When we notice cognitive issues in ourselves or loved ones, it may lead to worry about Alzheimer’s. However, a new study finds that often, it can just be a byproduct of aging.
Researchers from the University of Cambridge examined the brains of healthy seniors and those with different cognitive issues. They found that the brains of participants who were cognitively frail – defined as having reduced cognitive function but no noticeable memory issues – had a closer resemblance to those of the healthy control group rather than the Alzheimer’s group. The findings were published in the journal JNeurosci.
The study says, “Our results call for caution before assuming that cognitive frailty represents latent Alzheimer’s disease. Instead, the cognitive underperformance of cognitively frail adults could result in cumulative effects of multiple psychosocial risk factors over the lifespan, and medical comorbidities.”
To conduct their research, the team recruited participants from the Cambridge Centre for Ageing and Neuroscience study. The study included healthy adults, as well as those with a mild cognitive impairment (MCI), Alzheimer’s disease, or cognitive frailty. Participants underwent cognitive tests, had their brain structure analyzed via MRI, and had their brain activity gauged with EEG and MEG.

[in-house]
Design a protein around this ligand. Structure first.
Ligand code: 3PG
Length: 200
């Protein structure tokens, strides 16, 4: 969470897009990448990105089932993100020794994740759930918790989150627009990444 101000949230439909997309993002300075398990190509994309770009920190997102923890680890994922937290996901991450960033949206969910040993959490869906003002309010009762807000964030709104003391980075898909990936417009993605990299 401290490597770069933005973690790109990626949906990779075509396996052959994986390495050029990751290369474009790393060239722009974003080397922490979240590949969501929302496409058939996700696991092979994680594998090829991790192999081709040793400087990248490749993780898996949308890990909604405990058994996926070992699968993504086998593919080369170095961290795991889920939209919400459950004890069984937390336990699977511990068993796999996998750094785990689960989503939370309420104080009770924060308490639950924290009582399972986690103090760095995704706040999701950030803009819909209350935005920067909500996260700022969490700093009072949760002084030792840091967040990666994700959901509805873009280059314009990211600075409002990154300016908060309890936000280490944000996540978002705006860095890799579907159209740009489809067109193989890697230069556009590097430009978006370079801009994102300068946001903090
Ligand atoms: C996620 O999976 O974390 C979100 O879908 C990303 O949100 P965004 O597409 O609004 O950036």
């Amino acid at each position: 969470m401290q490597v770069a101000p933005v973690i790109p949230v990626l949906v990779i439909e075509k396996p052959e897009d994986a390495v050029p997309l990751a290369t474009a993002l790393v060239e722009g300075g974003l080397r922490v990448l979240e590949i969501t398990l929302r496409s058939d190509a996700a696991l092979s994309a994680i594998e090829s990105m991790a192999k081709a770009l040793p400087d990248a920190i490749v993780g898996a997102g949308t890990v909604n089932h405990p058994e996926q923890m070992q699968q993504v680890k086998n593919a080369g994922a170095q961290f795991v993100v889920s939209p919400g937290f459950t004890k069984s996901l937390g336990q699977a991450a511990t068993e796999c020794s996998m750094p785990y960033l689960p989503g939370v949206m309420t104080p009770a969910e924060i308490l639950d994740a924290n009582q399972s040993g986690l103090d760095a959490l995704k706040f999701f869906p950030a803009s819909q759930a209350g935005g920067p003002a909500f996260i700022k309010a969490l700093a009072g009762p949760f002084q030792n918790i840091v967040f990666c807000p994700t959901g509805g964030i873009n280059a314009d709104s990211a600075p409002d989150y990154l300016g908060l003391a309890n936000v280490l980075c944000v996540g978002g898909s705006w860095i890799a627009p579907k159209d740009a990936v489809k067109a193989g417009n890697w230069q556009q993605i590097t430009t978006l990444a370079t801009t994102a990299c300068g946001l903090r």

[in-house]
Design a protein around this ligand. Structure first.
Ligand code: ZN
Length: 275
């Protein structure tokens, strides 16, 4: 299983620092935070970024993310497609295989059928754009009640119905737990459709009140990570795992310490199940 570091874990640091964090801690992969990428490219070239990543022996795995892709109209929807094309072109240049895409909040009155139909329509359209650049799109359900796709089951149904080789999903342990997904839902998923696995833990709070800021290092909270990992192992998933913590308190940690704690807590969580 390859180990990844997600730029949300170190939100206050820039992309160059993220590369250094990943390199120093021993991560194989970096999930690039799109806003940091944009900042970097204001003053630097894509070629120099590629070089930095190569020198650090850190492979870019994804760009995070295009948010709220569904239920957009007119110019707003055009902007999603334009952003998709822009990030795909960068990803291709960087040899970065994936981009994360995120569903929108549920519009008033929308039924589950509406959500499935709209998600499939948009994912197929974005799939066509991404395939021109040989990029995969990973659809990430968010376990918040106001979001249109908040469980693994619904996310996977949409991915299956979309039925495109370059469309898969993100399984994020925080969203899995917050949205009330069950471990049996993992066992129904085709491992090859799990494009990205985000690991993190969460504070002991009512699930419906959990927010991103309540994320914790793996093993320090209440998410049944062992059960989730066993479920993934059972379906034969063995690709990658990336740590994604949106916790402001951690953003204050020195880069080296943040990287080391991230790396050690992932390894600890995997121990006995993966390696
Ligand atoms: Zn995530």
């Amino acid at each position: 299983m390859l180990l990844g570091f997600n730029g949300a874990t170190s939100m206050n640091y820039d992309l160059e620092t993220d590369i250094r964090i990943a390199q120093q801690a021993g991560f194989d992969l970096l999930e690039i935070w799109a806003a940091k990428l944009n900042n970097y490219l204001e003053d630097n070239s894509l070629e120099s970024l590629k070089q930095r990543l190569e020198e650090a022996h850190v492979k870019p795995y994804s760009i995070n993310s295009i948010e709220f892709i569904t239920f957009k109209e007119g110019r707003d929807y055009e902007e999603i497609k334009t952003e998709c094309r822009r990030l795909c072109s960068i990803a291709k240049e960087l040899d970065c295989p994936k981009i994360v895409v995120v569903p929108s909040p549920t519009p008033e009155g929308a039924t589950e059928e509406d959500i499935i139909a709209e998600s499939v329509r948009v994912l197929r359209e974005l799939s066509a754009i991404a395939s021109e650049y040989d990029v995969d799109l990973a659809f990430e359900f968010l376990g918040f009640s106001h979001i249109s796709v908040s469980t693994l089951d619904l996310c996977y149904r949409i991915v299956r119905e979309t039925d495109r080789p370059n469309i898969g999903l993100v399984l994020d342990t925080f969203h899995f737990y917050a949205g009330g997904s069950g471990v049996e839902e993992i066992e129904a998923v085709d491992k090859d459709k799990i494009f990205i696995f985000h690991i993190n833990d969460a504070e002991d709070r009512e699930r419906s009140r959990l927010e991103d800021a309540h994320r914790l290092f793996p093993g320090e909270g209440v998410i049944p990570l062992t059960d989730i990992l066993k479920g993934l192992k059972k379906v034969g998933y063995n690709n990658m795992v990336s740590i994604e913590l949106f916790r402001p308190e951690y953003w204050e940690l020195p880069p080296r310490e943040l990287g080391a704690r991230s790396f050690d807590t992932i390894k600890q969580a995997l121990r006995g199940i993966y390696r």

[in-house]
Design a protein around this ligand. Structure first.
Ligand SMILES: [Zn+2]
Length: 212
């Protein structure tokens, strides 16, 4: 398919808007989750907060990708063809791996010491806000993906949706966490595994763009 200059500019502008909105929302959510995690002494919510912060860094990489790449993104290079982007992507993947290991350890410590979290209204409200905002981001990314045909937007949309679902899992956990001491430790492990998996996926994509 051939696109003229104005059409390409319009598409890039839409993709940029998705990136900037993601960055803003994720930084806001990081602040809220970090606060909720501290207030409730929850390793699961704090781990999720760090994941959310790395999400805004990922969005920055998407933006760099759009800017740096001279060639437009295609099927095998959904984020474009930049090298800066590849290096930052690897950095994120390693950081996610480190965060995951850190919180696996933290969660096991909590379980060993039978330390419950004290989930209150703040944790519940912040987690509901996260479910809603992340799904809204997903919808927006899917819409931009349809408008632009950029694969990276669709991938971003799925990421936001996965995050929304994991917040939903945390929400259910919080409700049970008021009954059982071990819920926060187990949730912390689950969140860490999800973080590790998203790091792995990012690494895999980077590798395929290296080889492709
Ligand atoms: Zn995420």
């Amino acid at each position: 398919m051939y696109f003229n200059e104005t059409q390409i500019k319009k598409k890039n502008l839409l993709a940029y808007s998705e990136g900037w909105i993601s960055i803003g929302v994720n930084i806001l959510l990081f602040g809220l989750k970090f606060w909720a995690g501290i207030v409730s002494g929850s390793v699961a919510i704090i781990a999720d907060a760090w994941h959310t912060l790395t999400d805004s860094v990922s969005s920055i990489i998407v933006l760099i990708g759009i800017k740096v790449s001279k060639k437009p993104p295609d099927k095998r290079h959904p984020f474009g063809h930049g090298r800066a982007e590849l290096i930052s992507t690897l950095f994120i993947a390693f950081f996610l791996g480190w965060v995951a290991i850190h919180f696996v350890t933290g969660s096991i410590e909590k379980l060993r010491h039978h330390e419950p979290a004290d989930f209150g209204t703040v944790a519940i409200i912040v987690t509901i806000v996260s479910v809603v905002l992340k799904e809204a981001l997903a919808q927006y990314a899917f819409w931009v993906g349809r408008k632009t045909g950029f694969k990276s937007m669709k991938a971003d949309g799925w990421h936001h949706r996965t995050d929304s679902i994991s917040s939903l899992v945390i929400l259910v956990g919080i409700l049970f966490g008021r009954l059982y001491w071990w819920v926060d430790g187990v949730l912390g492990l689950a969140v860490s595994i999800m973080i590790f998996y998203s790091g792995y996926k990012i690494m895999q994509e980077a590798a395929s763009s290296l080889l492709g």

Though cognitively frail adults performed similarly to those with MCI on the cognitive tests, their brain activity and structure were closer to those of the healthy participants. They didn’t display atrophy in the hippocampus, which is regularly seen in adults with Alzheimer’s.
The study says, “Our results suggest that community-based cognitively frail represents a spectrum of normal aging rather than incipient Alzheimer’s disease, despite similar cognitive function. Lower lifelong cognitive reserve, hearing impairment, and cardiovascular comorbidities might contribute to the etiology of the cognitive frailty.”
The team notes that other contributing factors to cognitive frailty may include physical activity, stress, and education.
The researchers say the takeaway is that it may not be wise to assume that groups of older adults with low cognitive performance are a sign of undiagnosed Alzheimer’s.